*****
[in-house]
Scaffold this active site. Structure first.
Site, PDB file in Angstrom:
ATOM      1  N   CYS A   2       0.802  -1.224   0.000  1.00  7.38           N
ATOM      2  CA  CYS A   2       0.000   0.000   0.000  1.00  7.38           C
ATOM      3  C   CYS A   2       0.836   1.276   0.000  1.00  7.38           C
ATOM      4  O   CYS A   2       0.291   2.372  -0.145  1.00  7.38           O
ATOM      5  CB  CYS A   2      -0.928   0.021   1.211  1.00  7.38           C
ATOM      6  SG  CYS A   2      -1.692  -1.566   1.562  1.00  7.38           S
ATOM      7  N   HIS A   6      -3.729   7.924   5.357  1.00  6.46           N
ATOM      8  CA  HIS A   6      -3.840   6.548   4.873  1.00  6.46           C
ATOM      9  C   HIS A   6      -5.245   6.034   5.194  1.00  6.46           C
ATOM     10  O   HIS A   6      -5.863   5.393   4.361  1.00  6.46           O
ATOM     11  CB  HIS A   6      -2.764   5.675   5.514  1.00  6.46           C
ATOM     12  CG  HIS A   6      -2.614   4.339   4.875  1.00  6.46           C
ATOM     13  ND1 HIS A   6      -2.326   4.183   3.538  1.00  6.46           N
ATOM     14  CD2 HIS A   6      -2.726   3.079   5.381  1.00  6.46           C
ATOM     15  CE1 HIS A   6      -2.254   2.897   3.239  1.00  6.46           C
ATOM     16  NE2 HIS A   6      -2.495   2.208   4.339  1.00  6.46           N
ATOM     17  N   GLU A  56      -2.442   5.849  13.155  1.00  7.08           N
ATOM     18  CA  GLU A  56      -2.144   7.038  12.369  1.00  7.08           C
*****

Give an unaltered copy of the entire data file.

[in-house]
Scaffold this active site. Structure first.
Site, PDB file in Angstrom:
ATOM      1  N   CYS A   2       0.802  -1.224   0.000  1.00  7.38           N
ATOM      2  CA  CYS A   2       0.000   0.000   0.000  1.00  7.38           C
ATOM      3  C   CYS A   2       0.836   1.276   0.000  1.00  7.38           C
ATOM      4  O   CYS A   2       0.291   2.372  -0.145  1.00  7.38           O
ATOM      5  CB  CYS A   2      -0.928   0.021   1.211  1.00  7.38           C
ATOM      6  SG  CYS A   2      -1.692  -1.566   1.562  1.00  7.38           S
ATOM      7  N   HIS A   6      -3.729   7.924   5.357  1.00  6.46           N
ATOM      8  CA  HIS A   6      -3.840   6.548   4.873  1.00  6.46           C
ATOM      9  C   HIS A   6      -5.245   6.034   5.194  1.00  6.46           C
ATOM     10  O   HIS A   6      -5.863   5.393   4.361  1.00  6.46           O
ATOM     11  CB  HIS A   6      -2.764   5.675   5.514  1.00  6.46           C
ATOM     12  CG  HIS A   6      -2.614   4.339   4.875  1.00  6.46           C
ATOM     13  ND1 HIS A   6      -2.326   4.183   3.538  1.00  6.46           N
ATOM     14  CD2 HIS A   6      -2.726   3.079   5.381  1.00  6.46           C
ATOM     15  CE1 HIS A   6      -2.254   2.897   3.239  1.00  6.46           C
ATOM     16  NE2 HIS A   6      -2.495   2.208   4.339  1.00  6.46           N
ATOM     17  N   GLU A  56      -2.442   5.849  13.155  1.00  7.08           N
ATOM     18  CA  GLU A  56      -2.144   7.038  12.369  1.00  7.08           C